Jeff Busch, a certified financial fiduciary with Lift Financial, says that a great place to start any search for an affordable financial advisor is with friends and family. Some advisors will waive account minimums for referrals from current clients.

Even if they don't waive any fees, the advisor might refer you to another advisor on their team who's either building their practice or has a lower account minimum. Still conduct your due diligence on anyone your family refers you to.

Since financial advisor professional organizations are all about supporting their members, they generally have advisor search tools to help locate pros in your area.

And here's a bonus: All of the advisors listed with the below organizations are fee-only advisors and may be able to offer hourly or fixed-fee services to keep costs manageable.

Fee-Only Network

The Fee-Only Network isn't an advisor-matching service and doesn't engage in pay-to-play. Instead, advisors listed on their site pay a flat fee and must also be members of specific professional organizations, including NAPFA, XY Planning Network, Garrett Planning Network and Alliance of Comprehensive Planners.

You can use their handy search bar to find a selection of local advisors and review everything from their credentials, professional certifications and areas of expertise to their contact information.

Garrett Planning Network

Advisors in the Garrett Planning Network are all fee-only financial planners and never have account minimums. Advisors also offer hourly and fixed-fee services so you can access advice on-demand -- the same way you'd access your doctor or dentist.

Their "find an advisor" tool lets you search by a wide range of criteria like financial priorities and fee structure. You can then review individual advisor profiles and learn about their practice and certifications.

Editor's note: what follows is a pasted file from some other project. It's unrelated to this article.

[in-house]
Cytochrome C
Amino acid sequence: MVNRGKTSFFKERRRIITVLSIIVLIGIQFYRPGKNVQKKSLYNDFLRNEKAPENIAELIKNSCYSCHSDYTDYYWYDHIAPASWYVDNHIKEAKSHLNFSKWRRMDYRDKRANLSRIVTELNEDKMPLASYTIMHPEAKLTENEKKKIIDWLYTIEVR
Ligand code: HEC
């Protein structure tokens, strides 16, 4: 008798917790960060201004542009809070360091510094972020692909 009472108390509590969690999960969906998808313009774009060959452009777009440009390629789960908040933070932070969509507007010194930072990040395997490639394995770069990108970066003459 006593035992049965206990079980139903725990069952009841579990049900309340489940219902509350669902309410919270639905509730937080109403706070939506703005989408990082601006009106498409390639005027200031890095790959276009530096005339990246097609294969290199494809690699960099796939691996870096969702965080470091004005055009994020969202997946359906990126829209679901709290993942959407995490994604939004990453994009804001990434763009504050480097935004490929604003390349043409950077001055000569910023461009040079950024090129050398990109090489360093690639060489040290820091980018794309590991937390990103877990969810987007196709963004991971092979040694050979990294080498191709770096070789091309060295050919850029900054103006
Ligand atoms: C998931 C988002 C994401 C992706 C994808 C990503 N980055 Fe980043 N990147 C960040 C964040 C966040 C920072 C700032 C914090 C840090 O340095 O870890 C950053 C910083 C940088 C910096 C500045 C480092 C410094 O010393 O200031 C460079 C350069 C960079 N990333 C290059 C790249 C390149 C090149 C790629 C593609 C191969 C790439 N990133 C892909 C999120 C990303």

Let's Make a Plan from the CFP Board

The CFP certification is essentially the gold standard of financial advisor credentials. To find one, you can visit the Let's Make a Plan website and use their advisor search tool to find a CFP near you.

You can also search by advisor specialty if you have unique needs, like elder care, divorce planning or debt management.

National Association of Personal Financial Advisors (NAPFA)

Advisors in the NAPFA network have all met fee-only standards, and must submit a comprehensive financial plan for peer review to qualify for acceptance.

If you're looking for comprehensive advisors rather than those with a niche specialty, this could be the professional organization for you. All advisors must specialize in providing holistic advice across the whole of your financial life.

XY Planning Network

Advisors in this network of more than 1,600 advisors are all CFPs, with most focusing on clients in the Gen X/Gen Y age range. While this network is considerably smaller than the others listed above, you may like the organization's generational focus and fee transparency.

Each advisor's profile specifically states how they charge and their rates so you can easily "know before you go."

If you're a fan of index investing and low costs, a robo-advisor could be the next best thing to a financial advisor. Most robo-advisors offer pre-built portfolios for an annual AUM fee considerably less than you'd pay a human advisor.

Even with a robo advisor, you don't necessarily have to give up a human touch for low costs. Robo advisors like SoFi Automated Investing give you free access to a CFP (wow), while others like Betterment and Vanguard Personal Advisor require account minimums for consults with a live financial pro.

Here's the straight shot: finding free financial advising is tough. Advisors go through rigorous training and have business overhead. They deserve to be paid for their deep expertise just the same as your family physician. However, options for free financial advice exist.

For instance, your bank or credit union may have professionals on staff who will happily consult with you on your financial questions. And if you're a member of a financially-challenged community, the Financial Planning Association (FPA) offers pro bono financial advice for those in need. You may need to belong to a certain demographic or meet income requirements to qualify.

Be wary of financial advisors who offer their services for free without an obvious reason. They may be using you as a cash cow for referrals to expensive products like indexed universal life insurance that may not be the best choice for your situation.